Trading Nation

With Tesla in a bear market, chart watcher points to two technical yellow flags for more pain 

Trading Nation: Tesla's volatile week

Tesla is speeding toward a double-digit drop for the week, its worst in nearly three months. The electric car maker tumbled this week after just barely clearing quarterly production goals last Sunday.

Its 10 percent weekly drop is just the beginning of its worries, according to Matt Maley, equity strategist at Miller Tabak. He sees two other yellow flags in its charts.

“If you go back two weeks it’s down about 17 or 18 percent and that’s been a second yellow flag for the stock,” Maley told CNBC’s “Trading Nation” on Thursday. “The first one came in the first quarter when the stock broke down below its multiyear trend line going all the way back to 2012.”

Tesla first started selling off in March, breaking below an upward trend line stretching back to 2012 when its shares first began to accelerate. A recovery rally brought its stock up to a year-to-date high of $373.73 on June 18, but it has since dropped 17 percent. Its June rally took it back up to its trend line dating back to 2012 but did not break above it.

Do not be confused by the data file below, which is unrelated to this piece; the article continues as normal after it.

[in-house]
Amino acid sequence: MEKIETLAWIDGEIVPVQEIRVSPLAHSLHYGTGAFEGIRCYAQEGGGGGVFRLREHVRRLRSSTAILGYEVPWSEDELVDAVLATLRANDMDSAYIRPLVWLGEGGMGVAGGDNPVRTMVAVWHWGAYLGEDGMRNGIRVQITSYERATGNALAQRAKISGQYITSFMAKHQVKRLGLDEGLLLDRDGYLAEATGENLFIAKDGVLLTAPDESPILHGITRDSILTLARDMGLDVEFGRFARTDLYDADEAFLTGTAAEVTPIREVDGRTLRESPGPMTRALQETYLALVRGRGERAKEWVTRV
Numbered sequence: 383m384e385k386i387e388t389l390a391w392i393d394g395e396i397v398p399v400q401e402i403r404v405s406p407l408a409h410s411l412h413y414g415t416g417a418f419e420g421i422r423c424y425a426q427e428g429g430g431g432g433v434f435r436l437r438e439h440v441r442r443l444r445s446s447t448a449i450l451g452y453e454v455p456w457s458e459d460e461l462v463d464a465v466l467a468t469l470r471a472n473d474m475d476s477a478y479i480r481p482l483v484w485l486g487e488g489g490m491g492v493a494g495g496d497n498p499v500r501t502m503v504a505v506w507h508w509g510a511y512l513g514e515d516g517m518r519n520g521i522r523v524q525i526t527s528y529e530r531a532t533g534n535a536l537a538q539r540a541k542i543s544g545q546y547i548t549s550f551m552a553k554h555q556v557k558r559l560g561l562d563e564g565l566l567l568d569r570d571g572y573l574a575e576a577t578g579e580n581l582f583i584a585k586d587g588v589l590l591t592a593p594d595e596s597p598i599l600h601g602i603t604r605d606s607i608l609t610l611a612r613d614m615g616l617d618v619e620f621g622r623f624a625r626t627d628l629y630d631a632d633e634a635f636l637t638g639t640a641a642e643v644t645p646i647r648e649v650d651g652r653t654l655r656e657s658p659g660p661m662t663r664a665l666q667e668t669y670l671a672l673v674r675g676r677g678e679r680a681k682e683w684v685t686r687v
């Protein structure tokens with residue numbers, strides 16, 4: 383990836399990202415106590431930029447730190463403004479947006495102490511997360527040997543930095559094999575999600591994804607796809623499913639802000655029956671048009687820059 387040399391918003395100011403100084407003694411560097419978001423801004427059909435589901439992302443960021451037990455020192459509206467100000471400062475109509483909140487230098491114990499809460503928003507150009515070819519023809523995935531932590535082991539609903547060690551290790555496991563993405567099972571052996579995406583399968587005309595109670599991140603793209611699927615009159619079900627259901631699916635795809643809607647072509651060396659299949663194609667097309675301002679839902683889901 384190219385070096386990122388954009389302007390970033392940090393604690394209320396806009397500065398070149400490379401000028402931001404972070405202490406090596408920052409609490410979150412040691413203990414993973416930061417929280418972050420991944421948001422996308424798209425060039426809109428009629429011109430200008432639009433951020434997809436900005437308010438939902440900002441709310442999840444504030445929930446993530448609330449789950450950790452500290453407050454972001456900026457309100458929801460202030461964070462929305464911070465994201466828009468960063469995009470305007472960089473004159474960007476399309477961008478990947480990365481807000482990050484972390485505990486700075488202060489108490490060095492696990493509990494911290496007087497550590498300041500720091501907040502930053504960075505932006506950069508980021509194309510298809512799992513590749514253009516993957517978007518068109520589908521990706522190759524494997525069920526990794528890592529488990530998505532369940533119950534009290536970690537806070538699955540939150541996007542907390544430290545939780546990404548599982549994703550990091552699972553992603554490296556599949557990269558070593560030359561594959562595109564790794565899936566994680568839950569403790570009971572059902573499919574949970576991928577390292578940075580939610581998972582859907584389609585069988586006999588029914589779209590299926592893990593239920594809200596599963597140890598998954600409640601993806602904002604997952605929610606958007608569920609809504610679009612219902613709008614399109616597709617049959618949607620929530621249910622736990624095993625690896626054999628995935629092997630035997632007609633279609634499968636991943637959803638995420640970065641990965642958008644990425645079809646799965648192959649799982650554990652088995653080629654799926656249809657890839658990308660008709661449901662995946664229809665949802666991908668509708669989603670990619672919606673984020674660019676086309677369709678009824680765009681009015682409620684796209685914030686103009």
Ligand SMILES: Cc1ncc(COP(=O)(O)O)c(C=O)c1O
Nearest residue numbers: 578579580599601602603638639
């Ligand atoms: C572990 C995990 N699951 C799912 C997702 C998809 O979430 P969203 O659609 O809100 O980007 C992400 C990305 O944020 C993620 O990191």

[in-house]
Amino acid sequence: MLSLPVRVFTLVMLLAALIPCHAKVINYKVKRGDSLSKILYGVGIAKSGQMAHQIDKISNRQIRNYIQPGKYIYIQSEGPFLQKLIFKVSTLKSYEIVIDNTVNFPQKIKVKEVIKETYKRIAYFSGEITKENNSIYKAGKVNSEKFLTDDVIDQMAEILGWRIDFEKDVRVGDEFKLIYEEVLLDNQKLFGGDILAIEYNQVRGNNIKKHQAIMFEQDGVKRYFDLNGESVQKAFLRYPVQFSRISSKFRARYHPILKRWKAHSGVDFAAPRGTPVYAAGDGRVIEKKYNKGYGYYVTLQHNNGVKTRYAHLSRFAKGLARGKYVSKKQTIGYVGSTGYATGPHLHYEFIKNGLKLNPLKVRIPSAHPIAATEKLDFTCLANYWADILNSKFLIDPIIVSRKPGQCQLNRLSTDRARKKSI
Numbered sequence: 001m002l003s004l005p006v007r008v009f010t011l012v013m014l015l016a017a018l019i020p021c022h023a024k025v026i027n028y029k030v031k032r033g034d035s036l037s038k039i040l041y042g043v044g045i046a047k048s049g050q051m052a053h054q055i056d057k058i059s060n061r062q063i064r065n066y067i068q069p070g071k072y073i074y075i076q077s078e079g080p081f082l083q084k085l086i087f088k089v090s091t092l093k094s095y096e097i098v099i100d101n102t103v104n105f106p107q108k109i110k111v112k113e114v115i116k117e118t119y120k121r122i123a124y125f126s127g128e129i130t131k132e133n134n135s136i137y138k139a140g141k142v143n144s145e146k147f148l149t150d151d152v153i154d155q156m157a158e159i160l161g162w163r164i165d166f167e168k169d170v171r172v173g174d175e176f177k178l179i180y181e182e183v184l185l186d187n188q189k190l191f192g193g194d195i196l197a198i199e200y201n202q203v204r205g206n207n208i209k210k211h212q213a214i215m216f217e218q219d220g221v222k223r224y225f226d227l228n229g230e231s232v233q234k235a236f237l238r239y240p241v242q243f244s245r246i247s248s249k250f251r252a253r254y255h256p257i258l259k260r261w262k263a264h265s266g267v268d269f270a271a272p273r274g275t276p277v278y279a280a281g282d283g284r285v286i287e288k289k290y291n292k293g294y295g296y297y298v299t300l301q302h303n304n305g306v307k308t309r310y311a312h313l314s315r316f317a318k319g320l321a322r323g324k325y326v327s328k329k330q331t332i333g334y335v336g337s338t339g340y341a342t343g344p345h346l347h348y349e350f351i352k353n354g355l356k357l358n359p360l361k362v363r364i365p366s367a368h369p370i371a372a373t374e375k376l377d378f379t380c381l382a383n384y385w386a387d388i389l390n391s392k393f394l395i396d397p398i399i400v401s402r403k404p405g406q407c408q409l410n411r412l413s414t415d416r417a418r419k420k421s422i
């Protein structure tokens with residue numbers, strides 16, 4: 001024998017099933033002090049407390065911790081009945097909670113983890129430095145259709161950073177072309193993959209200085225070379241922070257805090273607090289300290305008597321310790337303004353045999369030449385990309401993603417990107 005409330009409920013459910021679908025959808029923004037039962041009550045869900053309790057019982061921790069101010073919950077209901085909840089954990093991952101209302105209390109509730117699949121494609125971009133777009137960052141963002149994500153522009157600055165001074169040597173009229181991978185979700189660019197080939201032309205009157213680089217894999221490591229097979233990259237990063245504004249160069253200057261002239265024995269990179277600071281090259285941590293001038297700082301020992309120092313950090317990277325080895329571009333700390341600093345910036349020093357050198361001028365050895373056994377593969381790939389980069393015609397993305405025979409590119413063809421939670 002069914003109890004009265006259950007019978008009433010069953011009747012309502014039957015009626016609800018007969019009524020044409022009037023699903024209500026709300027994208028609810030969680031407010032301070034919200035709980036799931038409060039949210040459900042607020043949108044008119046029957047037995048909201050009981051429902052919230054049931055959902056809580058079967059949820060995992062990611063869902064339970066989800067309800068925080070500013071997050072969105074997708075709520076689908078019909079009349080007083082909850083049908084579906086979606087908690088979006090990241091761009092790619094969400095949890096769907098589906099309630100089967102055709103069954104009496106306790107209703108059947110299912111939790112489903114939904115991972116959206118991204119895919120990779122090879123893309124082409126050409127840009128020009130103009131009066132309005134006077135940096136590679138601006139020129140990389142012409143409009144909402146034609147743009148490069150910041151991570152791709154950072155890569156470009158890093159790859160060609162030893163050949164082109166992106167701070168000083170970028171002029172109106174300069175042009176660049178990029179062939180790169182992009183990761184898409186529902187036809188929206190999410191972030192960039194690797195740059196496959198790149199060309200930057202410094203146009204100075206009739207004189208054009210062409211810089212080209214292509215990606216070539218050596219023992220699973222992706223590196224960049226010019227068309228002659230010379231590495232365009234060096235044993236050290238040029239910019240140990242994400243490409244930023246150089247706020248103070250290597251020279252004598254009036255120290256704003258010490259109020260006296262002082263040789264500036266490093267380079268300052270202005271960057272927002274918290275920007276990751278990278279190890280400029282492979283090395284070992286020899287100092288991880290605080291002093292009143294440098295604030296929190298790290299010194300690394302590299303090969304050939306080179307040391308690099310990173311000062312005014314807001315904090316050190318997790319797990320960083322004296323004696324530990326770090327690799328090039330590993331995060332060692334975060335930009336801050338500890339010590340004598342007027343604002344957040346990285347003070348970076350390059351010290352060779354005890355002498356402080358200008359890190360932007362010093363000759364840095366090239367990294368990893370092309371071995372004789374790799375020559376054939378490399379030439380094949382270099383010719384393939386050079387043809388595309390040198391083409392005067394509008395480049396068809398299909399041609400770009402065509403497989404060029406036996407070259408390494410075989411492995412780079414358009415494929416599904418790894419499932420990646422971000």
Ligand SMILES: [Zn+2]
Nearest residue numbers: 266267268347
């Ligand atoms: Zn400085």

“Not only did it fail, but it failed miserably,” said Maley. “That kind of tells me that some of these true believers are starting to lose a little bit of faith.”

Maley’s yellow flags have not turned red yet.

“The red one is really down at the $250 level,” he said. “You break below that level we got real problems in the technicals.”

A move below $250 would pull shares back to early April lows and violate the trend line dating back to early 2016.

To Boris Schlossberg, managing director of FX strategy at BK Asset Management, the technicals matter less than Tesla’s public perception.

“Tesla is a cult stock and, therefore, it does not get evaluated by any kind of real metrics,” Schlossberg told “Trading Nation” on Thursday. “The critical thing for a cult stock is it losing its cool.”

As prestige car brands like Porsche and Jaguar release their own electronic models, Tesla’s cool factor becomes more and more at risk, said Schlossberg.

“Once the public decides it’s no longer cool to own Tesla, it doesn’t matter what [CEO Elon Musk] does, the stock is dead,” said Schlossberg. “The sell-off could just be beginning.”

Tesla shares are in a bear market having fallen 20 percent from all-time highs set in September. Its stock is essentially flat for the year.